7. It’s not worth competing with or comparing yourself to others. New York is a city that attracts ambitious people with big-ass ambitions, and you can’t even get away from it in a freaking yoga class sometimes (here’s looking at you, all you people who just HAVE to harmonize or hold the loudest, longest “om”). Trying to do what someone else doing or getting sucked into feeling like you have to “keep up” will only drain you and chip away at your self-esteem. Spend your energy on what makes you feel happy and aligned with your individual goals.
8. Someone is always having a crappier day than you. We all have tough days, but honestly, it could always be worse. Even when you want to wallow, look for something positive in the day, or at least something you can learn from the experience. On a related note, you are probably not as crazy as you feel. Just get on the subway and see what real crazy is. Ditto for when you’re having a bad hair day. Just look around you, and you’ll be, like, “Oh, my hair is totally fine.”
9. Be kind to people. That person in front of you on line at the store, next to you on the train, in the elevator…you never know when you might cross paths again. Plus, being an asshole drags you down right along with whomever you’re being an asshole to. As an aside, you really never know what’s going on behind the scenes with someone. Maybe there’ s a reason they’re in a bad mood or said something odd. Maybe they didn’t even realize their purse was in your face. That guy or girl who ghosts you? It probably has nothing to do with you—unless you happen to be the alpha-nut in the subway car, but if that were the case, you probably wouldn’t even be wondering about what you did wrong.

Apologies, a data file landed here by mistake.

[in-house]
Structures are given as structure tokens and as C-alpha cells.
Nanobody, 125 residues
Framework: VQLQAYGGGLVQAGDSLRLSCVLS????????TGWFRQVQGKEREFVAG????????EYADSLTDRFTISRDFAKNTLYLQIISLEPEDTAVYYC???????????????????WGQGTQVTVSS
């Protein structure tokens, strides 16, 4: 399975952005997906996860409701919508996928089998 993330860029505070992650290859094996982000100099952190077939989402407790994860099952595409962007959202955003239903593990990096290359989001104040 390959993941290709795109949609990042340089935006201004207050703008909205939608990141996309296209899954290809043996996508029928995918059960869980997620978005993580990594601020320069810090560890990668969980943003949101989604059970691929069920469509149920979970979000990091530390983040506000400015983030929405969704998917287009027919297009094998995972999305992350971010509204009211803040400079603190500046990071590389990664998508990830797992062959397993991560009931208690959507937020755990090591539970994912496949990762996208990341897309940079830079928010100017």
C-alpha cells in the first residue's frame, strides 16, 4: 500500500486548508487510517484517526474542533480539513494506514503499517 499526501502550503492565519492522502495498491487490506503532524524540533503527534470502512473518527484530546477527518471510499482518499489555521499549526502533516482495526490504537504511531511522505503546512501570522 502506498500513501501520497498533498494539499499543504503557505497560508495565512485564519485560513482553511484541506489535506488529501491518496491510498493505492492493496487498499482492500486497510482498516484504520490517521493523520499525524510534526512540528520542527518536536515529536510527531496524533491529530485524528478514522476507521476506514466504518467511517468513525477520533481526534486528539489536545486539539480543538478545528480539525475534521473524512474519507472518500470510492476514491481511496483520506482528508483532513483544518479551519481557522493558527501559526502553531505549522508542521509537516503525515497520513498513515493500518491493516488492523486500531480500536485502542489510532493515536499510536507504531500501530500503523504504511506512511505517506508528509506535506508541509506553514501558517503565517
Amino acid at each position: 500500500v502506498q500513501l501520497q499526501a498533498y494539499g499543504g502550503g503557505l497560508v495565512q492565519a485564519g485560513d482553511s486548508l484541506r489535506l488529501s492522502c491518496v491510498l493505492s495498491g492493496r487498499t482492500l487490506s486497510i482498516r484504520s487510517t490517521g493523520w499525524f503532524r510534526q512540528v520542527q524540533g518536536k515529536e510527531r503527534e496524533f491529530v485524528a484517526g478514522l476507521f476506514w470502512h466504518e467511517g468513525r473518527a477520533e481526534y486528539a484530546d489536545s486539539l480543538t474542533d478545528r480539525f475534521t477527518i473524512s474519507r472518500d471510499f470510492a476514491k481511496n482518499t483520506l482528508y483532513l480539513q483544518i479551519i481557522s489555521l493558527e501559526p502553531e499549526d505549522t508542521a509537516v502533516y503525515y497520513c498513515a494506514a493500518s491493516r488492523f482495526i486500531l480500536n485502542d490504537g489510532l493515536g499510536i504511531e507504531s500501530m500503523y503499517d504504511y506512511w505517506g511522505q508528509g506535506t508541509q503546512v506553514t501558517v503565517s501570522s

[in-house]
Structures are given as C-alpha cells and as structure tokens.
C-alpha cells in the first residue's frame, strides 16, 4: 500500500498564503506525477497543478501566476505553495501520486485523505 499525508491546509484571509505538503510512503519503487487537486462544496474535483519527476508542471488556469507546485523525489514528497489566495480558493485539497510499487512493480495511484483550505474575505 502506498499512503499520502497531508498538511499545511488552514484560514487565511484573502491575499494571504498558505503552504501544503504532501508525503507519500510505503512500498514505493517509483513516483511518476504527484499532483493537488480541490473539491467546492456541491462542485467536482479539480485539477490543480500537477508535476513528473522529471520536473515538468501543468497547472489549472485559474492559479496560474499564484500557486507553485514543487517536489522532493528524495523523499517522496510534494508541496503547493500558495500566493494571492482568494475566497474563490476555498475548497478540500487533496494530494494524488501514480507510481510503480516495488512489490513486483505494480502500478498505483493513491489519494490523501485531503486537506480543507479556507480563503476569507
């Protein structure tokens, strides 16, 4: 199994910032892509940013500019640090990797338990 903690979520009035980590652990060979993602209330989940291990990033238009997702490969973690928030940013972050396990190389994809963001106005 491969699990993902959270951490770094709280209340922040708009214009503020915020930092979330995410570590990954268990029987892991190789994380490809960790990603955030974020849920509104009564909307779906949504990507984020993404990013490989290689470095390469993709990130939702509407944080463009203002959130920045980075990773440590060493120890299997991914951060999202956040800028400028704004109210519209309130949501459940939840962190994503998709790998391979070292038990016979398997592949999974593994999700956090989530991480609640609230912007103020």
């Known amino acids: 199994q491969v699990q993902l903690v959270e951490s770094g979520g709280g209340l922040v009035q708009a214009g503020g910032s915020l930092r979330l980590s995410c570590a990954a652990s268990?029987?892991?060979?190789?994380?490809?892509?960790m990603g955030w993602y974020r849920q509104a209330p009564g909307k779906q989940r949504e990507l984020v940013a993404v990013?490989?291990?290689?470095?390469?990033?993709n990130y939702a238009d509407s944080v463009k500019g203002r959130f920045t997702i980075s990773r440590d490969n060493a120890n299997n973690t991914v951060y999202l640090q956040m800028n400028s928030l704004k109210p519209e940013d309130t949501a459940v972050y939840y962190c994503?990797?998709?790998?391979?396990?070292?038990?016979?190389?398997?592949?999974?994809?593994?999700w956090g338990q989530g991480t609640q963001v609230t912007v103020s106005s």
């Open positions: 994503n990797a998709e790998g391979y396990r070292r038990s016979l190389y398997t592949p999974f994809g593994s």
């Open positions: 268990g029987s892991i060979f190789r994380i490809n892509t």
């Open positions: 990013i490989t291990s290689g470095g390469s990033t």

That said, there’s no excuse for harassment, violence, or someone threatening you. Or if someone sets off your creep radar, listen to those feelings—just be mindful that you need to pick your battles and that sometimes, if you need to take action, it’s best to seek help for your own safety rather than try to address it right then and there all by yourself.
10. It’s okay to make your own rules. If nothing else, living in a city where people dream big and live large (or at least expensively) has taught me that you really can chart your own course and go after what you’re passionate about. You don’t have to do what’s expected and you don’t have to give a fuck what anyone thinks.
Unless we’re talking about not blocking the flow of foot traffic—Seriously, just don’t.
The question I can’t help asking now is, Will I stay in NYC another ten years? Maybe. Maybe not. I do feel pretty sure, though, that there will be plenty of surprises and challenges and lots of stories ahead.
What are some of the things you’ve learned in the past decade ?
This has been another installment of the Running with Spoons Thinking Out Loud link party, where randomness is the name of the game. Thanks to Amanda for hosting.